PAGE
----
Guest contributors run the gamut, but they all pretty much rock.
Guest Contributor @hyacinthgrrl
“A coward dies a thousand times before his death, but the valiant taste of death but once. It seems to me most strange that men should fear, seeing that death, a necessary end, will come when it will come.”
William Shakespeare, Julius Caesar
I must admit, I haven’t read Julius Caesar in a very long time, so when a fragment of this quote broke loose and floated to the surface of my memory as I was chasing toddlers in the snow, I had to stop and Google it. I had been thinking about the Parkland shootings, (as we all have), pretty consistently and I was becoming more horrified as each successive story broke detailing the failure on local, state, and federal levels. When I started this essay, we had just learned about Scot Peterson. As I pick up where I left off, we’ve learned that a total of four law enforcement officers did not enter the school as Nikolas Cruz murdered his former classmates and teachers, and that first responders were initially prohibited from entering the campus. What initially began as an essay on courage has become something entirely different. Let’s see where this goes, shall we?
Several years and a lifetime ago, I wrote a blog post elsewhere about courage and fear, and how examining certain scenarios in our minds before they happen can lead to less indecision if the worst ever came to pass. I’d recently experienced an onslaught of pretty heavy anxiety brought on by the loss of my daughter, and was experiencing what would later be diagnosed as PTSD.
Hypervigilance has always been my coping mechanism, but in a life free of the stressors I had experienced for the previous several years, I’d started having anxiety attacks. There are lengthy psychological explanations for why this happens with which I will not bore you, but long story short, I began to run scenarios in my head as a way to calm my mind. It helped, immensely. Even if nothing went the way I’d expected, knowing that I’d considered as many of the situational possibilities imaginable made me feel like I was doing something.
Basically, I made the decision to do something before I was presented with the choice. This can be extrapolated out to situations of varying degrees of danger and violence. Not armchair quarterbacking, not laboring under the delusion that you will turn into John Wick during a crisis situation, but the simple decision to help those in need if the situation ever arises.
Coming back to these deputies at MSDHS who decided to shelter in place rather than doing their jobs, I know that they have at some point made the decision to risk their lives for the people they are supposed to protect. Or they should have. I mean, it’s their job. And they chose to do nothing. The people in that building—the teachers and students who gave their lives to save others—may not have made that decision consciously, but they valued human life, so much so that they did what needed to be done, giving their own lives for others. They were undoubtedly afraid, but courage is being afraid and doing the right thing anyway.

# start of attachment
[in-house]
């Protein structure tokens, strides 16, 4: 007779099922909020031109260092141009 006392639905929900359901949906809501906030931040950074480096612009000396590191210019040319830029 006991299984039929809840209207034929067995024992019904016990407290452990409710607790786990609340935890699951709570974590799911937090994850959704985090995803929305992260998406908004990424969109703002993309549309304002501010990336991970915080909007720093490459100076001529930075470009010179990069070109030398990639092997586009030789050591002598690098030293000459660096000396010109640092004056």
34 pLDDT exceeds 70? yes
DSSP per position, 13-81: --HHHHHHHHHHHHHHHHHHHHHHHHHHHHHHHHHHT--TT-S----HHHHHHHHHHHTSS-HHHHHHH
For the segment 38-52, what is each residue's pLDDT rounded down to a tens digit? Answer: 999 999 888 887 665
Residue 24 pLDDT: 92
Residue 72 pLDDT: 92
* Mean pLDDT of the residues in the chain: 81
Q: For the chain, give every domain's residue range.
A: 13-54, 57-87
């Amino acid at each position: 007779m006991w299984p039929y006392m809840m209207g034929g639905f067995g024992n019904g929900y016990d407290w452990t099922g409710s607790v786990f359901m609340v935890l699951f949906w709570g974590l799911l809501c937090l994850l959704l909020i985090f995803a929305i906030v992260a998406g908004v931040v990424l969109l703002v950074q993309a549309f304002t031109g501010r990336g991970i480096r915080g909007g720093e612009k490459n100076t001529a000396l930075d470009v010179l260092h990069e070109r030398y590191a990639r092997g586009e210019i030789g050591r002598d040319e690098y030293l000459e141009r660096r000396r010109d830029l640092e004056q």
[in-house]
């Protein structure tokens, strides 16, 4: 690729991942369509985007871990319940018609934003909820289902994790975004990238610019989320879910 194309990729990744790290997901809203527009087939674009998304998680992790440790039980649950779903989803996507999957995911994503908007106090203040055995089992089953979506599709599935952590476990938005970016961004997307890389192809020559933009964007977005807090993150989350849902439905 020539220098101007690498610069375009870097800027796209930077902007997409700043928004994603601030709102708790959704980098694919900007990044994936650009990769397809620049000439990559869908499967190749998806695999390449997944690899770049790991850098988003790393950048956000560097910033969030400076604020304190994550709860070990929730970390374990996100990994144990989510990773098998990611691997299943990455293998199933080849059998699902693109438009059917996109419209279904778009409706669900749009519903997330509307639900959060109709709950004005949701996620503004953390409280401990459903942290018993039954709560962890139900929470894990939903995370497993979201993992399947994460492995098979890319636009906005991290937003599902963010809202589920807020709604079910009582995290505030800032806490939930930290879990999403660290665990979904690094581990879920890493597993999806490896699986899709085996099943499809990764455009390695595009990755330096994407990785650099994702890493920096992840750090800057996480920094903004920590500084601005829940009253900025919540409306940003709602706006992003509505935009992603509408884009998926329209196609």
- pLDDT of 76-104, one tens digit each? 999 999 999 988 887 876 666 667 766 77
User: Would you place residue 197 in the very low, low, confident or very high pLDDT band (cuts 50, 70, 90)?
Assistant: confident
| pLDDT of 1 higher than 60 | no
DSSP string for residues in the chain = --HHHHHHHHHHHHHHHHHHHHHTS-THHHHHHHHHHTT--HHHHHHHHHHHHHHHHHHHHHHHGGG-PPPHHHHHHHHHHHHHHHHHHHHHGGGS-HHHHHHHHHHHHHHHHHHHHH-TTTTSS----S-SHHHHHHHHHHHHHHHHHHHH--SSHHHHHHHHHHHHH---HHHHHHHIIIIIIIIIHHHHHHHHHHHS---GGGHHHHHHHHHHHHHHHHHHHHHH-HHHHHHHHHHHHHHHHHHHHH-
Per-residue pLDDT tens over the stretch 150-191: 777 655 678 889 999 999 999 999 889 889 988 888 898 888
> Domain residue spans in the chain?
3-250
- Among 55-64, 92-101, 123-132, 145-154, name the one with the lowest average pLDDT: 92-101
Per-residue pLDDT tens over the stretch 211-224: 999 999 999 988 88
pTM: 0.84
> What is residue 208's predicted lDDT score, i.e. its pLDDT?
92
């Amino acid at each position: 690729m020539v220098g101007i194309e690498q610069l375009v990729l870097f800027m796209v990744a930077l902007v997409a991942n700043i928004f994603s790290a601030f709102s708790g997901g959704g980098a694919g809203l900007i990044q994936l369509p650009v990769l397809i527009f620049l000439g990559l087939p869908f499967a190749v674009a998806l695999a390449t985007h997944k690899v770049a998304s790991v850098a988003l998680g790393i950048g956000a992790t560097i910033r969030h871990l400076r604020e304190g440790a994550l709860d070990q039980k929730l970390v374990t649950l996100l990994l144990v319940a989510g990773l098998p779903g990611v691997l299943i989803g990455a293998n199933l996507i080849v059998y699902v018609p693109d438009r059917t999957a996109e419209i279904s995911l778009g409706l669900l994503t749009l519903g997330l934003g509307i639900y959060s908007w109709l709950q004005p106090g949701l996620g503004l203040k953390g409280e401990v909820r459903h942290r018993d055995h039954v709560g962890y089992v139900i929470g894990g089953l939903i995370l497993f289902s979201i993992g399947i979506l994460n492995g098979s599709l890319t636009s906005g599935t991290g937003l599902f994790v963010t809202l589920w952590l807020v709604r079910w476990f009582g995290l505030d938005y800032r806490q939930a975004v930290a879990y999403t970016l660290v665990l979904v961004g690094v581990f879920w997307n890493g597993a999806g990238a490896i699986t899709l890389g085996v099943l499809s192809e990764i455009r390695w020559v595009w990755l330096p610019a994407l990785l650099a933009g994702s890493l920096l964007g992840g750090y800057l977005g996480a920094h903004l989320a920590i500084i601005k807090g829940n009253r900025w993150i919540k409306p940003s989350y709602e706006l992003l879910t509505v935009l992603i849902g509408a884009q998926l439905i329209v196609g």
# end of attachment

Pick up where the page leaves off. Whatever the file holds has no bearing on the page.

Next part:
Some commentators and others on social media have said that men respond this way, that men are wired to protect the weak, but I posit that this is a human response. Some women have never had the luxury of being able to depend on anyone, let alone a man, to protect them from harm. Some women have had to make these decisions on their own to never let anyone be victimized on their watch, because we know what it’s like to be let down and treated as not worth protection.
Humanity is possessed both by better angels and their opposing counterparts, and yet many have chosen only to expect the former while viewing the latter as aberrations. But to do so is folly.
Historically, there has been a limited expectation of government’s ability to protect the individual—in fact, quite the opposite. Moving away from the excesses and unreliability of monarchy, our Founders drafted a document of negative rights. And yet, western civilization has moved away from this healthy mistrust of the governmental leviathan, and has come to view it, paradoxically, as some sort of benevolent, parental entity. And when government fails us, as it did in the Parkland shooting—the authorities on every level had numerous warnings regarding the shooter—people respond with fear, clamoring for something to be done to prevent this from happening again. With more laws.
But what good are more laws if the people we’ve placed our faith in to uphold our existing laws fail to act? Banning bump stocks, placing more restrictions on whatever type of gun is deemed the evil du jour—none of this will keep us safer. And if new laws enacted out of fear take away the rights of law-abiding citizens, then we become less safe as a society as a whole. Let’s have honest debates about certain weapons and arming teachers and mental health—but let’s not forget that placing one’s personal safety in the hands of others can go spectacularly wrong, especially if we make the assumption that some bureaucracy has our best interests at heart. Individuals are invested in community, governments are not, in any meaningful sense.
Identifying bureaucratic rot, holding government officials accountable for their actions, (or inactions), and those of their subordinates is a good start toward preventing another Parkland. Falling for hyperbolic obfuscation initiated by an incompetent, (or corrupt), sheriff, a handful of oddly disconnected high school students, and the anti-gun crowd is not.
For more of @hyacinthgrrl’s writing, be sure and visit her blog, The Hyacinth Girl.